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Making China’s green ambition a reality

Richard Tang
Richard Tang11/10/2022 04:44 PM GMT+08  • 5 min read
Making China’s green ambition a reality
China’s fast-growing electric vehicle market includes players such as Nio, which rolled off its 200,000th car in April / Photo: Nio
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Favourable economics and supportive policies underpin the secular growth opportunity of the Clean China theme. The environment theme remains one of the highest conviction ideas in the Chinese equity market over the longer term.

China is the largest source of carbon dioxide (CO2) emissions worldwide, representing 28% of global emissions and more than half of the 48% global emissions from countries with a national net-zero pledge. On a GDP carbon intensity basis, China emits 0.51 tonne of CO2 for each US$1,000 ($1,430) of GDP in 2019. This is significantly higher than the global average of 0.29 tonne, but the difference has been rapidly narrowing.

Given the rising concern on the environment, President Xi Jinping pledged one year ago for carbon emission peak by 2030 and carbon neutrality by 2060. China’s ambitious carbon plan drives radical structural changes to power generation.

Carbon neutrality encompasses various initiatives, with electrification of vehicles being a key part of the plan. Battery cost is arguably the largest cost component for electric vehicles (EVs). The steep drop in lithium-ion battery price over the years, thanks to economies of scale, has helped to propel the penetration rate of EVs in China. Advancement of battery technologies has also assisted in driving efficiency gains, allowing the newer EV models to offer increased driving range to match consumers’ expectations.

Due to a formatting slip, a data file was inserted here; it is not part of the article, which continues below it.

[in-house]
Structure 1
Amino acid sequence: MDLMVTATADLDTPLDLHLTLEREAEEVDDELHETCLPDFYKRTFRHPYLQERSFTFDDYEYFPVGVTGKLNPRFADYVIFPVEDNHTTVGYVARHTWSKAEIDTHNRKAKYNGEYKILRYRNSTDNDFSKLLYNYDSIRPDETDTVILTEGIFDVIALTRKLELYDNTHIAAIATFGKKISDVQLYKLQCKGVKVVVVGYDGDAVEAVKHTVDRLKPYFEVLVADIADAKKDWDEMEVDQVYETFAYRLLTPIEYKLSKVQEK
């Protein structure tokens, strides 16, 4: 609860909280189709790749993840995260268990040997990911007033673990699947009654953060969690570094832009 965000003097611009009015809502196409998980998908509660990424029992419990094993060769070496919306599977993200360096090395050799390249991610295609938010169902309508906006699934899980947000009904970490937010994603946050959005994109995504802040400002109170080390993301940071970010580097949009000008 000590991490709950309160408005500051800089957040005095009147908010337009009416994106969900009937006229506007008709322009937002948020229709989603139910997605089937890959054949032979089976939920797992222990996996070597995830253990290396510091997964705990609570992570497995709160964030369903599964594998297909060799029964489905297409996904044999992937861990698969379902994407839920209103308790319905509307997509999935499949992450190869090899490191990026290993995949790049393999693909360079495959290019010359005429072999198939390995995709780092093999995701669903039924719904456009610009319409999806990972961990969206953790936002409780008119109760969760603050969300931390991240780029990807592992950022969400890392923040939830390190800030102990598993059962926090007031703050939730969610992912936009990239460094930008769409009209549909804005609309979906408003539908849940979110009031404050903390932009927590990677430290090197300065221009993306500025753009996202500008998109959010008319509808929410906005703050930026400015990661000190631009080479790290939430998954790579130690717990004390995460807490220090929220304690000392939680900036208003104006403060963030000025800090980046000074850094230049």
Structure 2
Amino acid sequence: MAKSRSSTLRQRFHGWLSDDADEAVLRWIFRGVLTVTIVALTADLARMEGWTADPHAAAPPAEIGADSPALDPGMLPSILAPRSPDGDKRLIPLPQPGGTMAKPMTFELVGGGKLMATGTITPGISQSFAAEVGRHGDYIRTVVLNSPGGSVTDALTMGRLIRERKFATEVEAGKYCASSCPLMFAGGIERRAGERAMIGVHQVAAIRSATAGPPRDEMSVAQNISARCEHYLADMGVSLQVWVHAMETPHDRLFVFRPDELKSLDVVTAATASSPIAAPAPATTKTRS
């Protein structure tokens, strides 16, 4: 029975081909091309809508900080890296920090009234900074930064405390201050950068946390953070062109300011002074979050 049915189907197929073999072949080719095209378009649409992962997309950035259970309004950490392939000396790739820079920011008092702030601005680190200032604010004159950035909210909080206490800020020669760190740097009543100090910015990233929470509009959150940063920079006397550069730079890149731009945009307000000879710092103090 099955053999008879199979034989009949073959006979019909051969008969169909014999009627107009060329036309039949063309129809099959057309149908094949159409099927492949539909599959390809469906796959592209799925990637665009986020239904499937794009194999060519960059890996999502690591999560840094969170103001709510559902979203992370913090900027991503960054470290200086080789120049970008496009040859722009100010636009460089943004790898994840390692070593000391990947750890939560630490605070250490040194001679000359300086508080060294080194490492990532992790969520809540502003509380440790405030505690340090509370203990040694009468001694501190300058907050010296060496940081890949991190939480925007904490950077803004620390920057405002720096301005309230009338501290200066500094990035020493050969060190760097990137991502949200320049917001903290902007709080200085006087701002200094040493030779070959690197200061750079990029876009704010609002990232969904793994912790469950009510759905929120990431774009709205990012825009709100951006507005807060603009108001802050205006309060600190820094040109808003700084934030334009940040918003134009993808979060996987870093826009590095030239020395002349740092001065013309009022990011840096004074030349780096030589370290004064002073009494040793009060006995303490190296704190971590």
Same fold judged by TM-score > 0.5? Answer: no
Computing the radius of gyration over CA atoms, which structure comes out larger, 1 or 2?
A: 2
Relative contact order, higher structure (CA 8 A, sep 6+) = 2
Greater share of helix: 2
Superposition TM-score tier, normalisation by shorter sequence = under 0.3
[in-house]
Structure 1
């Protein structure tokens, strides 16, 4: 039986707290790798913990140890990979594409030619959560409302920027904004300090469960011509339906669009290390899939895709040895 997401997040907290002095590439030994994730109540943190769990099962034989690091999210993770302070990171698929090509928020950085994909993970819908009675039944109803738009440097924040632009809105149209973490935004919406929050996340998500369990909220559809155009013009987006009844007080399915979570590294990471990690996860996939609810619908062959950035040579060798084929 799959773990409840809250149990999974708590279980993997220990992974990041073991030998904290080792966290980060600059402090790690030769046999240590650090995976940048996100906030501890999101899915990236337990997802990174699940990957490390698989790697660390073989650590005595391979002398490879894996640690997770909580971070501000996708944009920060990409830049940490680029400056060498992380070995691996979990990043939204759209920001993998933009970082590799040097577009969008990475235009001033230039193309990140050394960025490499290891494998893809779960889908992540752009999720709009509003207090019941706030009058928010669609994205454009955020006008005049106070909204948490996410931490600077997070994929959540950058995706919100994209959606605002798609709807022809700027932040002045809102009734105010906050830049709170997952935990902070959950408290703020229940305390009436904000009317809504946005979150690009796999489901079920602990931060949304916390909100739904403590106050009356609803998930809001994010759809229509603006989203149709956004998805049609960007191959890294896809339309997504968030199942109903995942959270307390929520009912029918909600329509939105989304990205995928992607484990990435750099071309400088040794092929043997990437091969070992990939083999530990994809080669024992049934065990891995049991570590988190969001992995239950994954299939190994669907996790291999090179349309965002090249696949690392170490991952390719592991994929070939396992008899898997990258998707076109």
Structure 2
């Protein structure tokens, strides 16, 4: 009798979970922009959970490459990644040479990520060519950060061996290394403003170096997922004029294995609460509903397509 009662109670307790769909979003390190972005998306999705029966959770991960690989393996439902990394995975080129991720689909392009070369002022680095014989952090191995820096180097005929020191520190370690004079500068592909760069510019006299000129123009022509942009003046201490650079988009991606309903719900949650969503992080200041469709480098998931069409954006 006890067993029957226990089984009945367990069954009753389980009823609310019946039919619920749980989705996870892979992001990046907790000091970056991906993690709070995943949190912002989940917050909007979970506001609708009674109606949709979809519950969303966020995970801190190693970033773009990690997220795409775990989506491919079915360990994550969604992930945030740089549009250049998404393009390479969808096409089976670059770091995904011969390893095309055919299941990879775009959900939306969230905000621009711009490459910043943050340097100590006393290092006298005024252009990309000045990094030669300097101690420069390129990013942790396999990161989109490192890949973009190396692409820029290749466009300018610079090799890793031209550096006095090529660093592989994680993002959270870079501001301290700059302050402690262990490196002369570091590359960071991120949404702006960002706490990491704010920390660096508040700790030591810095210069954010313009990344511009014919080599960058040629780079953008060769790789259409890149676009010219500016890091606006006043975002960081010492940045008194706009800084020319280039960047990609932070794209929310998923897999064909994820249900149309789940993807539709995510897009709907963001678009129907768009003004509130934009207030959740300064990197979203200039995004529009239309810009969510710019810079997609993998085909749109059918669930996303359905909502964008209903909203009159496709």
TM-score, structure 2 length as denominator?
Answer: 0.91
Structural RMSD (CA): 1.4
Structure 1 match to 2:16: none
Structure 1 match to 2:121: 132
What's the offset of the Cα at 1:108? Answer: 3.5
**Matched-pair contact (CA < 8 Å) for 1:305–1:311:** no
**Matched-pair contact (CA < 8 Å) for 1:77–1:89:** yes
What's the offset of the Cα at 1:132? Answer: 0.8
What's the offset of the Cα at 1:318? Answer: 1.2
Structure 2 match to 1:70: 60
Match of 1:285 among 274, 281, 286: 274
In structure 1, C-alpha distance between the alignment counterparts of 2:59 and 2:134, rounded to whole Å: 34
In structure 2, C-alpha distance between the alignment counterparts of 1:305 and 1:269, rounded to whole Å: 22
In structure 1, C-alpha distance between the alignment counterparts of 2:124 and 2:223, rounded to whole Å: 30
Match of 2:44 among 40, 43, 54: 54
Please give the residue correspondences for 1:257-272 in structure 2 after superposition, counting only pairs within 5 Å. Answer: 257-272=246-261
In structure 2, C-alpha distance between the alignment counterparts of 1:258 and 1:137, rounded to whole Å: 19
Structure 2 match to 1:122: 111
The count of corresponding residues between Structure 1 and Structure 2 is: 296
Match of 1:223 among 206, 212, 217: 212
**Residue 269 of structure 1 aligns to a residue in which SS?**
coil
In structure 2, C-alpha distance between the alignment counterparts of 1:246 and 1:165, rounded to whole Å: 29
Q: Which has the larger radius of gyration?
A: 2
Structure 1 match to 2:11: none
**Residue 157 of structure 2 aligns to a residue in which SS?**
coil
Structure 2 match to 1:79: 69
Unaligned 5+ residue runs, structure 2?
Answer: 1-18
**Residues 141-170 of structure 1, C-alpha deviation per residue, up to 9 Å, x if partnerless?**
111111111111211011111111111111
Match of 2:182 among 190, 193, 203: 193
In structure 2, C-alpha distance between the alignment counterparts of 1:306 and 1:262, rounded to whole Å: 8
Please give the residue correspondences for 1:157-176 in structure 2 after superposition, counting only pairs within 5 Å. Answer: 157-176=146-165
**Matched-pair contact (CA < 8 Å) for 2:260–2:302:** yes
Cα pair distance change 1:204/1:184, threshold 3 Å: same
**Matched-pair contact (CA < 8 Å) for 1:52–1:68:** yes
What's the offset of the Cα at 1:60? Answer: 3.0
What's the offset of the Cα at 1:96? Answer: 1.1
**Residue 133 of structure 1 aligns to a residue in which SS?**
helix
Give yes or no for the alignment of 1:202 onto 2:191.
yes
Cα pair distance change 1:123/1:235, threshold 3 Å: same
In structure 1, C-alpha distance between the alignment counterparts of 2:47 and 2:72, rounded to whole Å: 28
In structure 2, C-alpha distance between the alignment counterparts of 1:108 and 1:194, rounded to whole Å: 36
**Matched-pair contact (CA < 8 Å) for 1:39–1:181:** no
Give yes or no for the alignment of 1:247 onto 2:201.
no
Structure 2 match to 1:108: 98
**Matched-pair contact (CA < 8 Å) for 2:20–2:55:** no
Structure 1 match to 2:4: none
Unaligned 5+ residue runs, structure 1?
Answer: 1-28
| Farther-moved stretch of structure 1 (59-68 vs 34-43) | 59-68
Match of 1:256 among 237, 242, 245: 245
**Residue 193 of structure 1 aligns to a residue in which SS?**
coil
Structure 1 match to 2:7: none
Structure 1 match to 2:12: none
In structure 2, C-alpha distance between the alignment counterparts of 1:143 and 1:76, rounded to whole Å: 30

China was not a pioneer in renewables or EVs. However, the Chinese government was determined to be independent and self-reliant in core technologies. Over the past decade, supportive policies were introduced to drive the development of solar and wind energy, and EVs. Furthermore, the government has recently accelerated its buildout of green infrastructure and rolled out tax benefits on EVs. With this, China is serving two purposes: faster transition towards carbon zero, and stimulation of the economy as growth challenges arise.

With policy support, the Chinese solar industry has developed rapidly and resolved most of the technological bottlenecks. Today, China accounts for close to 40% of global new solar installations. The country also dominates the global supply chain, producing 80% to 90% of major parts and inputs (polysilicon, wafer, cell and solar glass) in the world.

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The case for EVs is similar. China has joined the race to become one of the world’s leading innovators in EVs in order to avoid losing out on another period of economic growth.

Ambitious buildout plans

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China aims at cutting carbon emissions per unit of GDP output by 18% from 2021 to 2025. To achieve this objective, the country plans to raise non-fossil fuels’ contribution to energy consumption to 20% by 2025 and 25% by 2030, compared to 15.9% in 2020. Some detailed plans have been released.